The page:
Keeping the Faith at Carter Tire: Weathering the Economic Storm with Peer Advice and Prayer

Dec. 16, 2016

On a busy street in Elkhart, Ind., sits a neat and tidy tire and automotive service shop known as Carter Tire Sales & Service. The waiting room is an attractive mix of comfortable chairs, fresh popcorn and hot coffee. Inspirational sayings decorate the walls.

It wasn’t always this way.

Patti Piscione is the owner of the business, which she purchased from her parents. Her father worked for Montgomery Ward as a tire buster and when it closed, he started his own tire business. His focus was the commercial side and his customers loved the personalized service he offered. Traffic was good and his business was successful.

At that time Piscione was already out of school and launching a successful corporate career at a staffing company. While it was never her aspiration to own the shop, when her father decided to retire, she wanted to keep his legacy going so she purchased the business. And, it was never her intention to actually run the shop. However, after five years of absentee ownership, without her father’s personal touch, she could see her investment dwindling. So she opted out of her corporate career and became immersed in the business as a shop owner.

Piscione immediately saw opportunity in expanding the retail side of the business and capitalizing on her father’s good will and strong name in the market.

First impressions

She recalls when she first walked into the business. “We had just one building, the waiting area and service counter was one big room, filled to the brim with racks of tires.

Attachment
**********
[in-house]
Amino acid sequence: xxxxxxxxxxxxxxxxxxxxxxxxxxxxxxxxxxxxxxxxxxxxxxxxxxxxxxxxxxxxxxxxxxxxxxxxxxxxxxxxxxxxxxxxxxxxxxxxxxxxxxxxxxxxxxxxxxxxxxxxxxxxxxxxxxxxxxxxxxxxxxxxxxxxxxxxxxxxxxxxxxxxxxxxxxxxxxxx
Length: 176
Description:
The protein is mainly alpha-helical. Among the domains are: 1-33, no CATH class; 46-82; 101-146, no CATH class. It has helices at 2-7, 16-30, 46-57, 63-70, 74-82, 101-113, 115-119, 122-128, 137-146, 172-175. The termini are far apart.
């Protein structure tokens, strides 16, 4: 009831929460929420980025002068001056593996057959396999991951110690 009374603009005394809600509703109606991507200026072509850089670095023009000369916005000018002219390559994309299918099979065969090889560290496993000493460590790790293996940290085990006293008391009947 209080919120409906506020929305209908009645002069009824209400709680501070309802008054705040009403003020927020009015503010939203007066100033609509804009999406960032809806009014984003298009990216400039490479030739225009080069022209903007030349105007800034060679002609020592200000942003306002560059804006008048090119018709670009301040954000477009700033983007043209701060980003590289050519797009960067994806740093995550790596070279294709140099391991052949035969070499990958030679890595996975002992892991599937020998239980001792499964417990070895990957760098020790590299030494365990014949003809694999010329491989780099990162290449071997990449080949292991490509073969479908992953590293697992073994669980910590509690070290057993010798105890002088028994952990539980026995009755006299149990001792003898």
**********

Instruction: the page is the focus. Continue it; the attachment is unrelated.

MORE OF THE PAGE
“The front of the dealership featured two steel garage doors which were not very attractive or efficient. The customer waiting area did have a water cooler — with a dead moth floating on top. A rack with dirty uniforms was in the corner and a couch was available for customer comfort... when our guys were not sleeping on it during lunch time. Coffee behind the service desk was stale and it was a generally messy area. Finally, an ash tray on the table in the waiting room was overflowing.

“I was disheartened, to say the least.”

Continuing, Piscione says, “The amazing thing was that we had a Mercedes SUV in the lot waiting for service. So evidently, the condition of the shop didn’t offend high-end customers. I saw hope in that.”

One step at a time

Once Piscione was acclimated to the tire business flow, she began to make improvements. The overhead steel doors were the first to go. Then, she renovated the waiting room into the comfortable environment one sees today.They had a significant commercial business, but getting trucks in and out of the parking lot and bay areas was difficult. So she purchased a laundromat next door to consolidate all of the commercial business into that building. That move also helped with traffic flow for the big trucks.